Sanctions on Iran to affect all countries in COVID-19 battle

August 14, 2020 - 15:23

TEHRAN – U.S. sanctions against Iran, which have led to a lack of prevention and treatment equipment, will affect all other countries as well, head of the Medical Council has stated.

U.S. sanctions are oppression that has made COVID-19 fight harder in Iran, IRNA quoted Mohammad Reza Zafarghandi as saying on Thursday.

“I wrote in a letter to the World Health Organization Director-General [Tedros Adhanom] and the United Nations Secretary-General [Antonio Guterres] that this oppression against Iran extends to other countries as well because the coronavirus knows no borders and when there are not enough facilities for prevention and treatment in Iran, the virus spreads and this is oppression on humanity.”

Although food and medicine were claimed to be exempted from the U.S. sanctions, financial and banking sanctions have limited the life-saving medicine trade which harshly targeted the patients suffering from rare diseases.

Moreover, fears of falling afoul of Washington have restricted exports to Iran.

Exemptions for humanitarian trade (such as food, medicine, and medical equipment) have not been effective in protecting Iranian patients from access to imported medicine, such as the bandages used for patients suffering Epidermolysis Bullosa (EB), a rare genetic disease that causes painful blistering of the skin.

With the return of sanctions, over a year (May 2018-May 2019), 15 patients covered by EB Health House lost their lives.

Companies exclusively producing medicine for Mucopolysaccharidosis (MPS) patients, such as BioMarin Pharmaceutical Inc. of the U.S. and a South Korean company, have refused to export these drugs to Iran, threatening the lives of 335 patients in Iran.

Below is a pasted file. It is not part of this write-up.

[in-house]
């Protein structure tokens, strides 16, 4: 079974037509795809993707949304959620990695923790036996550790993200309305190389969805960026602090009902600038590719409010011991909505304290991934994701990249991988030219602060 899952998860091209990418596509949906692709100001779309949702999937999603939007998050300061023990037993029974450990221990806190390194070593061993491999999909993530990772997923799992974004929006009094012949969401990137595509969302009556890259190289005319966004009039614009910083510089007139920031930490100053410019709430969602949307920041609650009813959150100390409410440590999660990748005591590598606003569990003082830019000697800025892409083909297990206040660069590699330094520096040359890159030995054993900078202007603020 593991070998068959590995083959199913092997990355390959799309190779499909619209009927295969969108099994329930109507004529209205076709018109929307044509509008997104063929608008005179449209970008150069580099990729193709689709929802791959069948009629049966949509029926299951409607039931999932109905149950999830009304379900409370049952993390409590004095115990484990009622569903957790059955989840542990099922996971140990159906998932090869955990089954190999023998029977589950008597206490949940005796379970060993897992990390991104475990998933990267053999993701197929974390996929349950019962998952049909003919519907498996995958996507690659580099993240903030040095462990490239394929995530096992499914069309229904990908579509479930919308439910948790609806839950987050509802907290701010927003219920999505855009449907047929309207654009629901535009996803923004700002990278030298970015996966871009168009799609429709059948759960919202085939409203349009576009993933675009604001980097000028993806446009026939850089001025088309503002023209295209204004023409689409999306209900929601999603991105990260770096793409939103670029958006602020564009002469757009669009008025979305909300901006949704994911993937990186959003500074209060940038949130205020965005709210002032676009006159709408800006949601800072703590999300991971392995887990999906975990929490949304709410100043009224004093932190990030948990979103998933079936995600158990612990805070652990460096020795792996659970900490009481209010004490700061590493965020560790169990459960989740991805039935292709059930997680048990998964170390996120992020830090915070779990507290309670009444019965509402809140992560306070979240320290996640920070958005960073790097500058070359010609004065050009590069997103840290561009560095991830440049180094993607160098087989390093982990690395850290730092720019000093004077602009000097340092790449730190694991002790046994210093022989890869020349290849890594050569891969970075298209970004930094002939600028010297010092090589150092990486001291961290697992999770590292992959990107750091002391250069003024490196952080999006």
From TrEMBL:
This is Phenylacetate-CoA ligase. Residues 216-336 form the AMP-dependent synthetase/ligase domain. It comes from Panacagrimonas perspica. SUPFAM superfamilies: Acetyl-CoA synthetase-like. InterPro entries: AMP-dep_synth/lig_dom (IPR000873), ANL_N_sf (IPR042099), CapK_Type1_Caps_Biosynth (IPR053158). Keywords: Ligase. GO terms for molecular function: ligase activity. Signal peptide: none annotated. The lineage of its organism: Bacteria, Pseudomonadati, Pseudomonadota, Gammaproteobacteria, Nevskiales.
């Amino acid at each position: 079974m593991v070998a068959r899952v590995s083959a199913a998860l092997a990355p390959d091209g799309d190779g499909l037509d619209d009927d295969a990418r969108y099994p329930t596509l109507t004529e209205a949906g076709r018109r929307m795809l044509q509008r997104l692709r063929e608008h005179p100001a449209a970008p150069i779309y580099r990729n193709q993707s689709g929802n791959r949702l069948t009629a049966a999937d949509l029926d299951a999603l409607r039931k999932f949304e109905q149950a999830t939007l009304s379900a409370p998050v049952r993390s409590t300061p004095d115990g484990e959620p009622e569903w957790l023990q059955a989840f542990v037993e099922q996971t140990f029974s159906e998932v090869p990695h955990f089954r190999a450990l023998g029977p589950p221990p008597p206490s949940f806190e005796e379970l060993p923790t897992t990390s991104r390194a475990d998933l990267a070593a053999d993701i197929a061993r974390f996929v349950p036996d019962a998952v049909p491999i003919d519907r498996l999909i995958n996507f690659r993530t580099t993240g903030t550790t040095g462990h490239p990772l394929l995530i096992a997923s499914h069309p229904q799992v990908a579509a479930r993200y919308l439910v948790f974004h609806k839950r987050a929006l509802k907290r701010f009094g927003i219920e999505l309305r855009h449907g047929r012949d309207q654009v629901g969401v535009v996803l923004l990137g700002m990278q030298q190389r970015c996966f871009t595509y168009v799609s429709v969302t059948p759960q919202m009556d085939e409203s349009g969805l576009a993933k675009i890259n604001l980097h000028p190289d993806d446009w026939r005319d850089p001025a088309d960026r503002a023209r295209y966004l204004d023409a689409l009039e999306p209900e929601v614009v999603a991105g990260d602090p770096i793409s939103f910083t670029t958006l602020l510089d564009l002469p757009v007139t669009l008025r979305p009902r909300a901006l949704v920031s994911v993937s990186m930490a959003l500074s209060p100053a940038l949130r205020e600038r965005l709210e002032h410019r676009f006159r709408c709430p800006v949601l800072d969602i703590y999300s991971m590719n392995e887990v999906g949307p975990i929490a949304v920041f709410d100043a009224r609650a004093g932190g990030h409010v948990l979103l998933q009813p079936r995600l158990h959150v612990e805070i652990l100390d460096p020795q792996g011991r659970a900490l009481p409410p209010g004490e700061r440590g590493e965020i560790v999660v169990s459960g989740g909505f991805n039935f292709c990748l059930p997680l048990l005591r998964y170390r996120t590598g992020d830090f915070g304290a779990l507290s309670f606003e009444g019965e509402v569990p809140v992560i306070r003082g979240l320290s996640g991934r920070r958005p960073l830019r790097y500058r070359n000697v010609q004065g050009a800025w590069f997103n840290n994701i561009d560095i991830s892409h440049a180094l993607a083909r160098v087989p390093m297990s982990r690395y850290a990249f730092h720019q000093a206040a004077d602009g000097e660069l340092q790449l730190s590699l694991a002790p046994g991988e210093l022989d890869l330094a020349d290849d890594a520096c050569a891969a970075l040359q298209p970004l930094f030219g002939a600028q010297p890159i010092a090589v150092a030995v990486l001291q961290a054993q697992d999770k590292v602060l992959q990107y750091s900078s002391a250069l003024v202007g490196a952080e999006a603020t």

However, Switzerland delivered 180,000 packages of medicine needed for cancer patients and transplant operations to Iran in February in an attempt to facilitate humanitarian trade following the implementation of the Swiss payment mechanism.

The government of the Republic of Korea also started close consultations with the United States and Iran in order to facilitate humanitarian trade with Iran with won-currency deposits made by the Central Bank of Iran (CBI) at banks in the ROK. As a result of such consultations, the ROK government resumed humanitarian trade with Iran on April 6, which was suspended after the U.S. tightened sanctions on the CBI in September 2019.

So, South Korea sent by air a shipment of medical supplies and medicine worth $500,000 needed for genetic diseases to Iran on May 29, which will mark the first case of shipment of goods for the recently resumed humanitarian trade and is expected to be followed by exports of medicine and medical equipment worth about 2 million U.S. dollars in June.

Building on the resumption of exports of humanitarian items, the ROK government will continue consultations with the U.S. and Iran on ways to broaden the scope of trade items to include not only medicine and medical equipment, which are currently the main trade items, but also foods and agricultural products, according to the Relief Web website.

The number of people diagnosed with coronavirus in Iran reached 338,825 on Friday, of whom 19,331 have died and 293,811 recovered so far. Over the past 24 hours, 2,501 new cases of people having the virus have been identified, and 169 died, Sima Sadat Lari ministry of health’s spokesman said.

Currently, 3,956 patients with coronavirus are in critical condition, she added.

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